May 4, 2007 at 08:42 AM · Maia, my friend, if you want to win this little contest play Four Rags, by John Novacek. It's some of the most captivating American violin and piano that I know of, and it's exactly 10 minutes long, and show-stopping stuff. You can hear it live in the studio at this link. Scroll down about half way. It starts about 25 minutes into the program, but you can fast forward.


May 4, 2007 at 04:27 PM · Thanks for the link, Jim! Just ordered her CD, really wonderful pieces, a real must!

May 4, 2007 at 09:33 PM · That *is* a cool piece, Jim...

... and thanks Mischa for being the nicest person ever and passing the Auerbach along!

I will definitely look into many other of your suggestions.

Thanks again.


May 5, 2007 at 12:30 AM · You could consider the first movement of the Meyer Concerto that Hilary Hahn plays which I believe is around 10 minutes. I LOVE that concerto!!

May 5, 2007 at 03:08 AM · is the sheet music for the meyer out yet?

i thought it wouldn't be out for another year or two

May 6, 2007 at 04:50 PM · George Rochberg Caprice Variations is a solo piece with 50 variations on Paganini 24th Caprice. You can pick and choose which of the 50 variations you wish to play to put together your own piece of any length. Styles of the variations range from avante garde to classical period.

May 6, 2007 at 04:56 PM · Maia, I talked to Philip Lasser yesterday and he promised to send me an MP3 of the Berceuse. Have you already submitted your program to the NFMC? If not, what's the time frame we're dealing with? (i.e. should I be bugging Lasser frequently or do we have some time to play with?)

A fellow Yalie doing the same competitions? Wow! I suddenly feel so...mainstream.

May 7, 2007 at 03:26 AM · Vincent, your story makes the situation seem even worse! *smh*

Now i'm REALLY glad i'm not a professional violinist. Oy vey!

May 7, 2007 at 07:32 AM · Could Barber work at a competition? It doesn't really show enough from a violinistic point of view if other people are playing the standard concertos. Maybe I'm wrong... but I haven't ever heard someone using Barber for a competition.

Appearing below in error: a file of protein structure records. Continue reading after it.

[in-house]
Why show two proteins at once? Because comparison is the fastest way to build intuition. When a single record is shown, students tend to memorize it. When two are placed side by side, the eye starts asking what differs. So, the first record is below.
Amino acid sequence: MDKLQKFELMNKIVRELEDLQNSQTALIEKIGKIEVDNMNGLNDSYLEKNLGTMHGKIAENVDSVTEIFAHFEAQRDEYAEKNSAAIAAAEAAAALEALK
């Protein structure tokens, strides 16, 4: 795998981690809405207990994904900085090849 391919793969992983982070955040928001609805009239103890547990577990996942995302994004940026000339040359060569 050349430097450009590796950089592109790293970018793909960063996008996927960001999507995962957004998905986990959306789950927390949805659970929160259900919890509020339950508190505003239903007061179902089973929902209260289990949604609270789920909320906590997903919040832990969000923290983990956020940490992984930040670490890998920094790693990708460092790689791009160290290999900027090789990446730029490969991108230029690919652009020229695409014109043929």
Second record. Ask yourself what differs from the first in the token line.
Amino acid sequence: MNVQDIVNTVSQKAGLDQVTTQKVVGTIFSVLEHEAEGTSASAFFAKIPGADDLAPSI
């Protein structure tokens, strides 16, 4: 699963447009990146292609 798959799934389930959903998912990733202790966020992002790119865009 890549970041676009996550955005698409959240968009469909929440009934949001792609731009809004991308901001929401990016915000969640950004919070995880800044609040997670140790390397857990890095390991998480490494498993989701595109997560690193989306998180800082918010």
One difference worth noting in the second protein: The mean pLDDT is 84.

May 7, 2007 at 07:45 AM · Pieter, problem 1 is that you'd need to rent the parts. Which, for a competition is usually a good enough reason (extra expenditure) to avoid the piece. Last time I checked, the full parts rented for $600 and this, for some Eastern European competition, can actually represent serious money.

Problem 2 is rehearsal time. The competition orchestras have two or three concerti they just KNOW someone will end up playing. Sibelius is a good bet. So's Shostakovich, these days. So's Tchaikovsky, usually. Beethoven is more rare. But even Beethoven is easy for an orchestra to recall. However, just make it into the finals of a competition playing the Elmer Fudd Concerto for Kazoo and Violin and see the looks of vitriolic hatred from the ranks of musicians whose rehearsals you've just turned into a living hell. Not to mention the fact that you'll have a single rehearsal, maybe two if you're amazingly lucky, to put the concerto together for a final round where you're going after gold.

Now, in such a case, would you want to play a fascinating piece which might break down in a horrible train wreck at any moment? Would you want to stand there and sweat that the conductor, or the overworked orchestral players, will stumble and trip? Would you want to know that behind you there is anything less than absolute stability? Or would you rather play a concerto the orchestra is probably bored with (I assure you, Fudd's masterpiece will also interest them not at all) but for which you know that you've got rock-solid cliff-face behind you and that you needn't spend a moment's thought on how to catch the conductor or the orchestra no matter what happens?